I’ve been told several times that Ecuador is the perfect school for patience. Here in Ecuador there is what’s called, “Ecuadorian Time” and there is “Aleman Time.” (German Time)
In “Ecuadorian Time” if someone has scheduled a 9:00 am appointment and shows up the same day or in the same week they are considered to be “on time in Ecuador.” It’s often quite maddening if you let it get to you.
So now I always ask when a deliver is supposed to be made or a service supposed to be performed, “So please tell me. Is this going to be delivered/installed “Ecuadorian Time” or “Aleman Time.”” The people always smile and say, “Ecuadorian Time of course!” and then they roll their eyes and lift their palms to the sky.
So what’s a confirmed perfectionist doing living in a country like this? Well for starters, doing my best to not go insane from frustration. And, I’m learning PATIENCE whether I like it or not. I’m also seeing in this culture that being a perfectionist on any level is truly not serving me and only making me crazy on a daily basis.
So here are 9 helpful Things I’ve learned in Ecuador as I do my best to overcome being a lifelong card carrying member of the Perfectionists Party:
1. Get Off Your Case
Being a perfectionist is impossible already, so I’m learning to cut myself some *#^@*%# slack!
2. Making A Mistake Is Not The End Of The World
I’ve tried my best to consider the fact that making any mistake, personally, professionally, culturally here is not the end of the world. (Yes. I know. Even though it feels like it at the time. And I hope I have not alienated my Ecuadorian neighbors forEVER.)
3. Do Something Fun
I’ve tried giving myself a break every once and awhile and go out and do something fun. Yes. I said fun. Not highly competitive, so I can criticize and beat myself up more afterwards for not being perfect. Fun. Just for the fun of it. Like a movie. Or a walk. Hard to criticize those.
4. Pull A Meal Out Of The Freezer Once A Week
Stop making every meal from scratch and thinking I have to make it match the cover of Gourmet magazine every night at dinner. Yup. Pull at least one dinner a week right out of the freezer. That’s right. Frozen Food. It won’t kill me. Or go get take out. And don’t light the candles. And use paper napkins instead of cloth ones. I pretend I’m on a picnic.
5. Read A Book Just For Fun
Read a book. Just for fun. FYI, this means:
- No business books on how to improve yourself so you can learn to influence people or you can feel, once again, the pressure of having to make lots of money or else you will be one step closer to the poor house.
- No biographies of successful famous people, like Warren Buffet, who is wonderful but none of us have his brain and you will only end up feeling like you should have known what he seemed to figure out so easily and end up feeling stupid as a result.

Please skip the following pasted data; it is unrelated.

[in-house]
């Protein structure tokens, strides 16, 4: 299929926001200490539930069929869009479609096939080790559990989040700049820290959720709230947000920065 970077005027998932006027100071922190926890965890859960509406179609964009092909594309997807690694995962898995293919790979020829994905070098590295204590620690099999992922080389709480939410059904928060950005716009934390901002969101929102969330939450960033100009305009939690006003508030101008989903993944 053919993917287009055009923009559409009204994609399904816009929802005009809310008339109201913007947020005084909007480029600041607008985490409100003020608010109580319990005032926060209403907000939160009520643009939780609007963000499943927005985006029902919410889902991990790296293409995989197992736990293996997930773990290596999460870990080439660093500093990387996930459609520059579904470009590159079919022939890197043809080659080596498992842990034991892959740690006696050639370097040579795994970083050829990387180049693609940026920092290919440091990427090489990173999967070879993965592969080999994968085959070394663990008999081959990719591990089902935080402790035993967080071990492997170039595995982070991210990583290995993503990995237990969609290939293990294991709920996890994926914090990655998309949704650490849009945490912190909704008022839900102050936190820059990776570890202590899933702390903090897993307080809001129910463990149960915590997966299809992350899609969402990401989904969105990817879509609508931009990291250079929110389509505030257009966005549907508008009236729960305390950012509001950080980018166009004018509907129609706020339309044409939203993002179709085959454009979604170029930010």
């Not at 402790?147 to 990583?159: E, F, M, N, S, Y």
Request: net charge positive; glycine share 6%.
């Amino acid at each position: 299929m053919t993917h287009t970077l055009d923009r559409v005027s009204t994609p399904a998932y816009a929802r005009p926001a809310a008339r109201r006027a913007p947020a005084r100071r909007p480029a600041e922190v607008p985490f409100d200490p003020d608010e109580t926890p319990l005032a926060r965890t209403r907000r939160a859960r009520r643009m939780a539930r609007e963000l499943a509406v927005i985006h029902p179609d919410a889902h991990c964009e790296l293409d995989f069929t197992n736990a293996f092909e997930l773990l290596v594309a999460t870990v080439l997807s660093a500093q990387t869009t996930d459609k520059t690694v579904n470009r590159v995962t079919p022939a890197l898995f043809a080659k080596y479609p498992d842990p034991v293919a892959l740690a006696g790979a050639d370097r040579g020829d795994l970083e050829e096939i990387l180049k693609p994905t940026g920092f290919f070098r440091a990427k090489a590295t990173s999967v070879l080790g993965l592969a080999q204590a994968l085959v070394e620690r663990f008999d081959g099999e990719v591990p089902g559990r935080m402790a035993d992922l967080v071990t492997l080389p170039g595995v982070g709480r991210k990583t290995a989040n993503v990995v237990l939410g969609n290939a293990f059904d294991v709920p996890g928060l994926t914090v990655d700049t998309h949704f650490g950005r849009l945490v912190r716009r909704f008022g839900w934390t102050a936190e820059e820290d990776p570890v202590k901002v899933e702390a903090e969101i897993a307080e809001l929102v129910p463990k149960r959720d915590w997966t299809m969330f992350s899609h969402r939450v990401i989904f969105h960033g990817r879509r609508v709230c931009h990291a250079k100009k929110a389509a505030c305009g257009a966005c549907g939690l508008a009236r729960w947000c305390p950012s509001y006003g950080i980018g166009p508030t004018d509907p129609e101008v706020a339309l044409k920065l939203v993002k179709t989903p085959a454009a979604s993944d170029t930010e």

- No self help books to help you become a better person.
- No spiritual books so you can become an even better person, but will ultimately make you, the confirmed perfectionist, feel that you will never measure up to the Head Spiritual Honchos.
So, remember, this means, A Book. Fiction. Nothing to learn or grow from. No pressure to perform, succeed or fail. Just a plain old book that brings you distraction and joy.
I’ve read 15 books so far here in four months in Ecuador. All for fun. No self help, business or spiritual books. And it’s been really quite FUN I’m happy to report.
6. Be Present, Happy and At Peace Now
Try to be present, happy and at peace now. Right where I am. This minute. As the Dalai Lama has said, “If you think of this one
second, right now, this breath, what huge problem do you really have?”
You can’t think of one right? I can’t either. OK then.
7. Breathe Deeply
Well, come to think of it, that “Be Here Now” advice is for all
of you other non perfectionists out there. The rest of us perfectionists have to struggle with that oh so challenging peace
of mind issue. We are busy right now, in fact, torturing ourselves about the past, the present AND the future.
But truthfully now, even the worst of us perfectionists could
possibly, hopefully, maybe manage one second, a day, of peace. I’ve actually personally even seen more than a second or two here in Ecuador and that should give everyone hope.
OK everybody. Now Breathe. No problems this second. Whoo Hoo!
8. Make A Mistake On Purpose
Make a mistake. Deliberately. I saw that I didn’t die. It was great. You try it too and see how you don’t die. And take comfort in the fact that
even the great master rug and quilt makers weaved or stitched in a deliberate mistake somewhere into their rugs or quilts because they believed only God Is Perfect.
So think about this for a moment. You wouldn’t want to offend the “Big Almighty Ones Out There Somewhere” and steal some of “Their Thunder” by trying to be perfect in every moment, in every situation with every person, now would you?
So go ahead.
Make a mistake.
Don’t rain on “Their” parade.
9. The Only Real Mistake Is An Experience We Don’t Learn From
And finally, the only real mistake in my life is a less than stellar experience that I don’t learn from.
So take heart all you perfectionists out there. You can do this. It may take some focused and concerted effort on your part, but you really can do this.
In fact, I tried these nine small steps and I actually liked it. Even in Ecuadorian Time. You, too, can do this thing. And you might even feel a little, eensy, weensy less pressure for a change.
And wouldn’t that be a relief? It has been for me in my daily school of patience here in Ecuador.
How do you develop patience in your own life?
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